Encouraging customers to follow hygiene guidance
06 August 2020
The first weekend of July 2020 saw the reopening of pubs, restaurants and hotels across the country. But even the best plans come with variables that are hard to control for – in the case of the hospitality sector, it’s the customer.
There’s no doubt that the vast majority of the population are aware of the continued need for social distancing, as well as maintaining other habits that will help reduce the risk of contamination, such as wearing face masks and regular hand washing.
Indeed, shops and supermarkets have been operating this way for months so no one should be surprised that a pub or restaurant has similar protocols in place.
Perhaps the difference is the setting itself. Pubs and restaurants are inherently social spaces. It’s a completely different mindset from going food shopping and that’s why the hospitality faces a unique challenge in ensuring that customers follow hygiene processes.
Signage and labels are arguably the most effective method of communicating with customers and reinforcing a message. Signs reminding people to wash their hands should be placed throughout a building, especially in bathrooms and communal areas. This can be backed up with sanitation stations located at high-traffic areas, such as by the entrance of a building.
Labels can be placed at high-risk touchpoints like door handles and light switches. These act as great reminders to building occupants that there is a higher risk of contamination at these areas and so they should wash their hands after touching them.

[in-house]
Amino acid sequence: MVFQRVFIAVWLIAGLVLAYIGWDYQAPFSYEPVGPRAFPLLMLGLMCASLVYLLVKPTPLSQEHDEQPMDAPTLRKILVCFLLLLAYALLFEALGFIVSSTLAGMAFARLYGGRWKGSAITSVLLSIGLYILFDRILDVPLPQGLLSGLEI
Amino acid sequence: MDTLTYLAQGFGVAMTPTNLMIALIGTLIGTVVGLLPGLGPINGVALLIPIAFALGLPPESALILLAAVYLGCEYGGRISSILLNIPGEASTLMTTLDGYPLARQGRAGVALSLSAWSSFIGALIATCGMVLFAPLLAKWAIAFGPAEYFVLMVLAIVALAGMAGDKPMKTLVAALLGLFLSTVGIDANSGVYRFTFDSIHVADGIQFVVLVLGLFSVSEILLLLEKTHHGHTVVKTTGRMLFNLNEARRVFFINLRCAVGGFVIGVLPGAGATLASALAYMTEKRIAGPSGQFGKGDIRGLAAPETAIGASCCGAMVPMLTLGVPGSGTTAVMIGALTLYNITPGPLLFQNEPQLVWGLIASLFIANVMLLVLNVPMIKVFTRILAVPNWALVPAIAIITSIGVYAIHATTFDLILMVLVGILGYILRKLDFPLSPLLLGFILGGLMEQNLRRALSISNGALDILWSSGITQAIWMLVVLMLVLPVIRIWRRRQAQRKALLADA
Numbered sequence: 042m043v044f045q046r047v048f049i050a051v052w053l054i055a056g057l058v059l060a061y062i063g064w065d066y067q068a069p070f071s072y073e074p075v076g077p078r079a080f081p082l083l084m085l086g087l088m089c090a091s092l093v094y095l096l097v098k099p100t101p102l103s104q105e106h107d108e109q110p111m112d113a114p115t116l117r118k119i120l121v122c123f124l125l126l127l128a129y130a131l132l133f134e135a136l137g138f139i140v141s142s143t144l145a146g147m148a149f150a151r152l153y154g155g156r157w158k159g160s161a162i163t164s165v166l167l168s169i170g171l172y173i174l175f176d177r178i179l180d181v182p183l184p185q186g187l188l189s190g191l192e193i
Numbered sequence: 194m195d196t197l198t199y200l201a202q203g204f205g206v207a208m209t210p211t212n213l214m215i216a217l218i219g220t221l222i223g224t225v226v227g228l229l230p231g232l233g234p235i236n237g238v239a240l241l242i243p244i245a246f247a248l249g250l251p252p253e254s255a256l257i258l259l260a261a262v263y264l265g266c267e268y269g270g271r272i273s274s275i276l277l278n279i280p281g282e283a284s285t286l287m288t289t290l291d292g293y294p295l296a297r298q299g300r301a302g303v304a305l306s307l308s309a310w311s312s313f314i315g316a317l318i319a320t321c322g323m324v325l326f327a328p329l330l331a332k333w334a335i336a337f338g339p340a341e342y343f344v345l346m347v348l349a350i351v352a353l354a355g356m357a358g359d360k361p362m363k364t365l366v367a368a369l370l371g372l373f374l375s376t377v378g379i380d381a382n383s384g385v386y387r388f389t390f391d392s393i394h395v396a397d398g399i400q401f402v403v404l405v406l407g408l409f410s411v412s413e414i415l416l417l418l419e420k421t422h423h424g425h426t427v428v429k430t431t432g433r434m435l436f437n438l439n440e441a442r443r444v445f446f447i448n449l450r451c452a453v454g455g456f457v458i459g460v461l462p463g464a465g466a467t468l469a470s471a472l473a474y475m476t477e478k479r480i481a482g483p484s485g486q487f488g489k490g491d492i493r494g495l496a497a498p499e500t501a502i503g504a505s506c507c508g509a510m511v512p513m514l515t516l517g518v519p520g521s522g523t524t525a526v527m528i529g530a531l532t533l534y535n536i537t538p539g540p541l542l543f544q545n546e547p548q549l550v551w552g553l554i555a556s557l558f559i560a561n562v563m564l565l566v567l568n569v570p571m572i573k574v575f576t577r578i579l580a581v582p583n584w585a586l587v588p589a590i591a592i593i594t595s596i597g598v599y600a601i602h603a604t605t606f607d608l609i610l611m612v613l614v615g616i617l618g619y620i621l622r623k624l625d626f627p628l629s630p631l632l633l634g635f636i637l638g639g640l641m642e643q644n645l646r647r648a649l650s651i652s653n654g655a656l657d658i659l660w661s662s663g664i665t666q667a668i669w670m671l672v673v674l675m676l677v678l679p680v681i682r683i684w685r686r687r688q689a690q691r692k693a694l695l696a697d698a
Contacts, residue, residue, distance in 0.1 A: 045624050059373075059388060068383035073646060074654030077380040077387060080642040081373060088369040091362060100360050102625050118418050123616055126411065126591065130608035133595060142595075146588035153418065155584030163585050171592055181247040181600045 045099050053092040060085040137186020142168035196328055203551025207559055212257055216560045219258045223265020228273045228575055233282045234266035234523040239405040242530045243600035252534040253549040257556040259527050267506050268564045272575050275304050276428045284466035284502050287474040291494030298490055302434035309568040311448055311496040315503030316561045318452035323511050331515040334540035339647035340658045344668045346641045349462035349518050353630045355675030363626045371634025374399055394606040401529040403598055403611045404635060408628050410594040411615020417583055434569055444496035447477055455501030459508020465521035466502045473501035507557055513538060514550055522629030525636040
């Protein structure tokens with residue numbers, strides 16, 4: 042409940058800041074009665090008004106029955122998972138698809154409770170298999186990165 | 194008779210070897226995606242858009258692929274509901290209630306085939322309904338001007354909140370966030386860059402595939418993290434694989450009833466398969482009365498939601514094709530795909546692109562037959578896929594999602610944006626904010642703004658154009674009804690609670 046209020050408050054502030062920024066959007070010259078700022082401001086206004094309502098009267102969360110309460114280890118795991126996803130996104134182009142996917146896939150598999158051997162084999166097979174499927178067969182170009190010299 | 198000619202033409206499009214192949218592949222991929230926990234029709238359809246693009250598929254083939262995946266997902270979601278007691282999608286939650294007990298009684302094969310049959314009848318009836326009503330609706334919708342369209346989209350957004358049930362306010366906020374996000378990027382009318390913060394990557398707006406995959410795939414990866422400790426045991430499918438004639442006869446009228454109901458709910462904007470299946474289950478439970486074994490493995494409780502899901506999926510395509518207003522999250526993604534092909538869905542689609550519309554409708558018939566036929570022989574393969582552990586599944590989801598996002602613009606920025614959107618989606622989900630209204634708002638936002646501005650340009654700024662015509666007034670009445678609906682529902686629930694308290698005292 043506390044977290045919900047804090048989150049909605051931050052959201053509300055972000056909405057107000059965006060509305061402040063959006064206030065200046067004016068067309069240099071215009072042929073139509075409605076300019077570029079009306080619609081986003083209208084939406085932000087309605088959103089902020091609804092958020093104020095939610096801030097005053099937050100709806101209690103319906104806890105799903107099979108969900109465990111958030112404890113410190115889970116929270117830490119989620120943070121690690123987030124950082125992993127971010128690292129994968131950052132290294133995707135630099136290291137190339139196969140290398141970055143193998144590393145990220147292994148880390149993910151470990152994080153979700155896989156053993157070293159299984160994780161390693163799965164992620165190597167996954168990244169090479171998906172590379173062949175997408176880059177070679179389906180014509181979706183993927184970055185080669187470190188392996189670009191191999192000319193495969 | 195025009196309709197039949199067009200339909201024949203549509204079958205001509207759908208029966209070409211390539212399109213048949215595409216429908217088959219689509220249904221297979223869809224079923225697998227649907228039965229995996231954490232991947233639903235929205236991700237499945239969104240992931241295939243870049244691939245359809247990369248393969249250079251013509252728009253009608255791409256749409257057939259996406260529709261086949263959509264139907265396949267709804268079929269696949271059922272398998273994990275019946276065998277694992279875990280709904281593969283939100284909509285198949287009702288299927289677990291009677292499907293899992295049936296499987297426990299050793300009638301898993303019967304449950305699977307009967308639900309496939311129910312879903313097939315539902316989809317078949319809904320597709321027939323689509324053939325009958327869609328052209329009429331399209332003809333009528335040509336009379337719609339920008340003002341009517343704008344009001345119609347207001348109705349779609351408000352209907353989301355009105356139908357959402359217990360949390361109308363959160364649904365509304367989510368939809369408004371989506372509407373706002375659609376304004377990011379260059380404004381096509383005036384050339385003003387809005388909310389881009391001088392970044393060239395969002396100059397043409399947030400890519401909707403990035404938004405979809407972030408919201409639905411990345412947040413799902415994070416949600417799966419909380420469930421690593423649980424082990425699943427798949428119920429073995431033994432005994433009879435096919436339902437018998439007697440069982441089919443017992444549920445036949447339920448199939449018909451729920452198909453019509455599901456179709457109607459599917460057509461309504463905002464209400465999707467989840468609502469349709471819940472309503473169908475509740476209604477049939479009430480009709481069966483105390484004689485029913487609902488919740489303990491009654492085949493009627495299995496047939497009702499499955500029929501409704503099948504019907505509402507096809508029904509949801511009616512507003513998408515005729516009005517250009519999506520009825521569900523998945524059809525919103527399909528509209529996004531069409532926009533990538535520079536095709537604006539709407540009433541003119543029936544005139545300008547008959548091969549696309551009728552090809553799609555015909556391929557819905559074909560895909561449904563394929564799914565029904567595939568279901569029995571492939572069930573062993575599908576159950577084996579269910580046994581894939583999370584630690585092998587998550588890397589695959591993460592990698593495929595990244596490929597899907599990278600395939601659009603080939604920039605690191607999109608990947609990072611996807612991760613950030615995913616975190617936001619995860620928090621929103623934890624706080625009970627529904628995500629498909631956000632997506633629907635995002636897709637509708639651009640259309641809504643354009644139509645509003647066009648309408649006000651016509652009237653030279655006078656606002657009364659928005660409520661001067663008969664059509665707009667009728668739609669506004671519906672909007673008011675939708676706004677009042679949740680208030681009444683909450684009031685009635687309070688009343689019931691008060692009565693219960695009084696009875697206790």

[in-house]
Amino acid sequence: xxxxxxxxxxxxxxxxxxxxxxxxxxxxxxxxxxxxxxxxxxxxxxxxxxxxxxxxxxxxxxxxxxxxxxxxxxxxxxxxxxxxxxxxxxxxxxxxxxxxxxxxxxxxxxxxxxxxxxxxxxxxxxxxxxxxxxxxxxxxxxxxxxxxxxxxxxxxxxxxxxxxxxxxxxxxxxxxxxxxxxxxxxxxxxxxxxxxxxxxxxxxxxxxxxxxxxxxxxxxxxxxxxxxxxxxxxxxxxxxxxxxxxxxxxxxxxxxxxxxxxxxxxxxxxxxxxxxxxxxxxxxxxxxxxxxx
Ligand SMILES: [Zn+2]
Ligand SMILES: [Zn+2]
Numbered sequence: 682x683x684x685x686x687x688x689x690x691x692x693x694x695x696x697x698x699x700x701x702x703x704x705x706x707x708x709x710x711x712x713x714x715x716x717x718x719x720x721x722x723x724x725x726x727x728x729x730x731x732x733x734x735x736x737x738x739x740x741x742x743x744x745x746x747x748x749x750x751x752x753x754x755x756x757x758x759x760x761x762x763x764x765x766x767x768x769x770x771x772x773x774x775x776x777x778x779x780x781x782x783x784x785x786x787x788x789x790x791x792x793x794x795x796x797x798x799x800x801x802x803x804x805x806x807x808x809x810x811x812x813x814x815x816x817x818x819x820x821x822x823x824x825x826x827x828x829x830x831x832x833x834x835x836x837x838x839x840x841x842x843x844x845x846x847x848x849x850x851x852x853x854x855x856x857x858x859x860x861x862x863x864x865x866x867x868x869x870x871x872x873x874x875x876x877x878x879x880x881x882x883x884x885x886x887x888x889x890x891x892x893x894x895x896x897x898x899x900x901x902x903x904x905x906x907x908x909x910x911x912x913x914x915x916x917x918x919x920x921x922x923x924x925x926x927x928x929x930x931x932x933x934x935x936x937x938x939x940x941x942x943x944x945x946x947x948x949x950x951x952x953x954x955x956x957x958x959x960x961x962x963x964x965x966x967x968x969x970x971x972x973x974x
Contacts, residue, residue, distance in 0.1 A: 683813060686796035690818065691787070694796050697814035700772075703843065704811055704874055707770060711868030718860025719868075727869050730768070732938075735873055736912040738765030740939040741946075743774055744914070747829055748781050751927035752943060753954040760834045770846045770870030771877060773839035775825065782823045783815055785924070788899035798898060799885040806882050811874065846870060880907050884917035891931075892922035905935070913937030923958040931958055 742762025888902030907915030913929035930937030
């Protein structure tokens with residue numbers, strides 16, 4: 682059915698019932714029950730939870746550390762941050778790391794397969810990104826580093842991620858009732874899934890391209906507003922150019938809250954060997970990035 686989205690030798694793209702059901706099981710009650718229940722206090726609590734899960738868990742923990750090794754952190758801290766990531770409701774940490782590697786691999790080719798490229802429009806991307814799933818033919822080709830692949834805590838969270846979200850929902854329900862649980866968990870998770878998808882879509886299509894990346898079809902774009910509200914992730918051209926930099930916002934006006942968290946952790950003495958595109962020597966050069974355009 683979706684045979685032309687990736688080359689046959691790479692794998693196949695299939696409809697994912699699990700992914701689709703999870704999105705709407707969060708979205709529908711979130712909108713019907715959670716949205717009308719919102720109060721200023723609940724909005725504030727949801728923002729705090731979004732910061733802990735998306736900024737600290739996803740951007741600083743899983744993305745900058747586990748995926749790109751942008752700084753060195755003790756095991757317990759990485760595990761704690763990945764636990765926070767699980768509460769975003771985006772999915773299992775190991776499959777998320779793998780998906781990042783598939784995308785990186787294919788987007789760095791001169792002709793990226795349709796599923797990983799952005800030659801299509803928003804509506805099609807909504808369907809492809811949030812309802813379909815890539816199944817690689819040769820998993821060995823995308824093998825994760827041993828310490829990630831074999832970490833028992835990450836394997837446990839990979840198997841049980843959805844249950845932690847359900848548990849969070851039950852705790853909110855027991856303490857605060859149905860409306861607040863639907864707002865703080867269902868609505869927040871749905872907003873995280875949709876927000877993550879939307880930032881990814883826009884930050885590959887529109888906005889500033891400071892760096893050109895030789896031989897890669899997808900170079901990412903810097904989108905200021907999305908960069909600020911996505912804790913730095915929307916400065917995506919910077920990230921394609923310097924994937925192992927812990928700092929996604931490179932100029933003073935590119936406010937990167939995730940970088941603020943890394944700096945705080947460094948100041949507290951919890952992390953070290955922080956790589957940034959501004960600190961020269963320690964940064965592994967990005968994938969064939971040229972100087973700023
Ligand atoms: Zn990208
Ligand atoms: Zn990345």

Signage and labels should be backed up with regular communication to customers. A mix of channels is best to ensure that you reach as many as possible – website, newsletters and social media.
Communications should inform customers clearly and concisely what measures are in place and why. The why is vital and it shouldn’t be assumed that people already know. Ideally, through frequent communication the majority of customers entering a premises will be aware in advance of what protocols they should follow.
Finally, the message can be reinforced by greeting each new customer with a quick overview when they arrive. It can be as simple as pointing out where sanitation stations are or explaining that labels have been placed to designate high-risk touchpoints.
Plenty of hospitality businesses opted not to reopen on 4th July as they wait to see how things work out for the ones that did. Pairing that insight with the above advice should lay the foundations for a safe and successful reopening.
For more ideas and support on workplace hygiene, visit the resources page.